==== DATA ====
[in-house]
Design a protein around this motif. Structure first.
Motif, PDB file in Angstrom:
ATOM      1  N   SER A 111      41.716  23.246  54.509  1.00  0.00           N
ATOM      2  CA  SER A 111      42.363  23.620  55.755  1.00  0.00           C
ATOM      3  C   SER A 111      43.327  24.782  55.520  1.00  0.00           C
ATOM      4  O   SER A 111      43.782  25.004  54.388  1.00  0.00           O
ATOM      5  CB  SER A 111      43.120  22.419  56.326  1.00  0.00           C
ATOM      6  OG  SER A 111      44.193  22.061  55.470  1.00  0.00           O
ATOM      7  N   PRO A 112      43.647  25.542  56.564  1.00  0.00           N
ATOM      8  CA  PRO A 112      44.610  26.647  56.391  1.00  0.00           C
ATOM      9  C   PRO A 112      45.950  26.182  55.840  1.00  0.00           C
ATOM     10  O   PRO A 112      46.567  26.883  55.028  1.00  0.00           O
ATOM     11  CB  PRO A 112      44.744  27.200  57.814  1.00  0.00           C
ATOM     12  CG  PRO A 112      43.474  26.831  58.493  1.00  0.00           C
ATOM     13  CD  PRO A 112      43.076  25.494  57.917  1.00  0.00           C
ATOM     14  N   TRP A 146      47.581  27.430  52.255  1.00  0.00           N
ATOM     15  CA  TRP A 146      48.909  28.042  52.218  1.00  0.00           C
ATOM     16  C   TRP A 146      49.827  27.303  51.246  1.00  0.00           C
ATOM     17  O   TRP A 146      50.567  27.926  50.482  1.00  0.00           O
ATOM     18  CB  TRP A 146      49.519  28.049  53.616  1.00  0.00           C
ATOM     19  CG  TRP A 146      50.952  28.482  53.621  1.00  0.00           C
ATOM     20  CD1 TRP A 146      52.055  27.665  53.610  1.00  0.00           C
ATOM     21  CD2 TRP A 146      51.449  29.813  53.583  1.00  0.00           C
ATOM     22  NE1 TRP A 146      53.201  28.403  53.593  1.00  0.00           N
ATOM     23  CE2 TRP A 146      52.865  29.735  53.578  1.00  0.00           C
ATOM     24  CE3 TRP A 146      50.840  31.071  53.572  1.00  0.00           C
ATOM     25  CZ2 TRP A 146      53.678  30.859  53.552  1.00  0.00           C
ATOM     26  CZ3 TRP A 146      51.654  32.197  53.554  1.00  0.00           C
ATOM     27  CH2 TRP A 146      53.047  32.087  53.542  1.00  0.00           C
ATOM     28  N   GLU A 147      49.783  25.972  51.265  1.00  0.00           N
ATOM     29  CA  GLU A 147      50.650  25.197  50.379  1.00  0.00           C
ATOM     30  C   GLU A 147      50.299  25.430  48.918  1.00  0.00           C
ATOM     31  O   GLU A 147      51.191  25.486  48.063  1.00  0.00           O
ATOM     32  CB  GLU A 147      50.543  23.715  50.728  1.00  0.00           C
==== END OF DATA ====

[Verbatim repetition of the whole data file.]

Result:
[in-house]
Design a protein around this motif. Structure first.
Motif, PDB file in Angstrom:
ATOM      1  N   SER A 111      41.716  23.246  54.509  1.00  0.00           N
ATOM      2  CA  SER A 111      42.363  23.620  55.755  1.00  0.00           C
ATOM      3  C   SER A 111      43.327  24.782  55.520  1.00  0.00           C
ATOM      4  O   SER A 111      43.782  25.004  54.388  1.00  0.00           O
ATOM      5  CB  SER A 111      43.120  22.419  56.326  1.00  0.00           C
ATOM      6  OG  SER A 111      44.193  22.061  55.470  1.00  0.00           O
ATOM      7  N   PRO A 112      43.647  25.542  56.564  1.00  0.00           N
ATOM      8  CA  PRO A 112      44.610  26.647  56.391  1.00  0.00           C
ATOM      9  C   PRO A 112      45.950  26.182  55.840  1.00  0.00           C
ATOM     10  O   PRO A 112      46.567  26.883  55.028  1.00  0.00           O
ATOM     11  CB  PRO A 112      44.744  27.200  57.814  1.00  0.00           C
ATOM     12  CG  PRO A 112      43.474  26.831  58.493  1.00  0.00           C
ATOM     13  CD  PRO A 112      43.076  25.494  57.917  1.00  0.00           C
ATOM     14  N   TRP A 146      47.581  27.430  52.255  1.00  0.00           N
ATOM     15  CA  TRP A 146      48.909  28.042  52.218  1.00  0.00           C
ATOM     16  C   TRP A 146      49.827  27.303  51.246  1.00  0.00           C
ATOM     17  O   TRP A 146      50.567  27.926  50.482  1.00  0.00           O
ATOM     18  CB  TRP A 146      49.519  28.049  53.616  1.00  0.00           C
ATOM     19  CG  TRP A 146      50.952  28.482  53.621  1.00  0.00           C
ATOM     20  CD1 TRP A 146      52.055  27.665  53.610  1.00  0.00           C
ATOM     21  CD2 TRP A 146      51.449  29.813  53.583  1.00  0.00           C
ATOM     22  NE1 TRP A 146      53.201  28.403  53.593  1.00  0.00           N
ATOM     23  CE2 TRP A 146      52.865  29.735  53.578  1.00  0.00           C
ATOM     24  CE3 TRP A 146      50.840  31.071  53.572  1.00  0.00           C
ATOM     25  CZ2 TRP A 146      53.678  30.859  53.552  1.00  0.00           C
ATOM     26  CZ3 TRP A 146      51.654  32.197  53.554  1.00  0.00           C
ATOM     27  CH2 TRP A 146      53.047  32.087  53.542  1.00  0.00           C
ATOM     28  N   GLU A 147      49.783  25.972  51.265  1.00  0.00           N
ATOM     29  CA  GLU A 147      50.650  25.197  50.379  1.00  0.00           C
ATOM     30  C   GLU A 147      50.299  25.430  48.918  1.00  0.00           C
ATOM     31  O   GLU A 147      51.191  25.486  48.063  1.00  0.00           O
ATOM     32  CB  GLU A 147      50.543  23.715  50.728  1.00  0.00           C